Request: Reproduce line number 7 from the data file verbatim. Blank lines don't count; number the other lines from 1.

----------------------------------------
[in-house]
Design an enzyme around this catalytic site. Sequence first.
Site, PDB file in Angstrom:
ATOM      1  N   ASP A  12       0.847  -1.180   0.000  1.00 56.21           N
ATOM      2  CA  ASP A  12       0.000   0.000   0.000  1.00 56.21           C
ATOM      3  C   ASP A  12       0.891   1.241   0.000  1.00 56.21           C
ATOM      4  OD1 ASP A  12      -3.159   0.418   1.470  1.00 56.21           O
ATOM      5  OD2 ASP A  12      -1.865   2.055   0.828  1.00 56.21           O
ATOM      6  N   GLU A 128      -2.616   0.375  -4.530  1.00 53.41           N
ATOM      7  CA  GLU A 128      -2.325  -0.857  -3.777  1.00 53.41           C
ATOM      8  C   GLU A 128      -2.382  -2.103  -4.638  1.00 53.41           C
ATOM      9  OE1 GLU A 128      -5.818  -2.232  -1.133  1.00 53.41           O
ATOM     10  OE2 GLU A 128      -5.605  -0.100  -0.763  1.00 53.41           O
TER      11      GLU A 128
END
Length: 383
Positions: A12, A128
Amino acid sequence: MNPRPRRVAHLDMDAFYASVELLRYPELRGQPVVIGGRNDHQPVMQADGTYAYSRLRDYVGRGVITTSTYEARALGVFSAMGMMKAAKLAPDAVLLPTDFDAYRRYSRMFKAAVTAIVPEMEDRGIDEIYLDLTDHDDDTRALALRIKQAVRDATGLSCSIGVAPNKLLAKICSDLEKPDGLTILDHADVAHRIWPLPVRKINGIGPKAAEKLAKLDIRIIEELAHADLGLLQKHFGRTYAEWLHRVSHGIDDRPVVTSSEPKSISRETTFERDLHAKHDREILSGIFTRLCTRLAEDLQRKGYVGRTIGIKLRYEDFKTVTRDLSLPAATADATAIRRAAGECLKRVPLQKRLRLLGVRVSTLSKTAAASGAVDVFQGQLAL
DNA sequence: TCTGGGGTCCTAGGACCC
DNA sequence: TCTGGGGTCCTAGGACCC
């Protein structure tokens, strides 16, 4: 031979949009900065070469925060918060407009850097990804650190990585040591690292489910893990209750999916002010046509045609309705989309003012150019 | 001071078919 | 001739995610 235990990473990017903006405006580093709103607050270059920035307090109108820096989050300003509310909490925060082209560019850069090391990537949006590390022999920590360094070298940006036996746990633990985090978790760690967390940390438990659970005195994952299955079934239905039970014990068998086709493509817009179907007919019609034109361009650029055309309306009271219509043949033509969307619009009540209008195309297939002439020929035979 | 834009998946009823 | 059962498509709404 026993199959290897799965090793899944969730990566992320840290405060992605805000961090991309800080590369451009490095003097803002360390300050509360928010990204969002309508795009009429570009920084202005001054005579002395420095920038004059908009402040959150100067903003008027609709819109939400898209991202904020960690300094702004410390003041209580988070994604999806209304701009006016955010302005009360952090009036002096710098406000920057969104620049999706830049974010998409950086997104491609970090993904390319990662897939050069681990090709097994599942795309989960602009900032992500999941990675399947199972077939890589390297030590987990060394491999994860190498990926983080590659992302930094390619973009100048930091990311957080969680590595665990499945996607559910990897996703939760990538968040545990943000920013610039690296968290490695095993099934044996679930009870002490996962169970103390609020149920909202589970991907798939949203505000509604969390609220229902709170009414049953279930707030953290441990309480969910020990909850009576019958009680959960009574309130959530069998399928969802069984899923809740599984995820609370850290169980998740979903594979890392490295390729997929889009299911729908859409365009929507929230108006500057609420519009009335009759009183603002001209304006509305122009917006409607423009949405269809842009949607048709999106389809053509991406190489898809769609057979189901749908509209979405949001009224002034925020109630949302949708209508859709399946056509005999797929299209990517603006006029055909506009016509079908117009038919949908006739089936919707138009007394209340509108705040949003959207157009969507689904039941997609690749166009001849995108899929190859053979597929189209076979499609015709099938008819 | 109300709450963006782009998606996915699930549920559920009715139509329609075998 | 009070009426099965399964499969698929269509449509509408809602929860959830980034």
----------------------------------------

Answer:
ATOM      4  OD1 ASP A  12      -3.159   0.418   1.470  1.00 56.21           O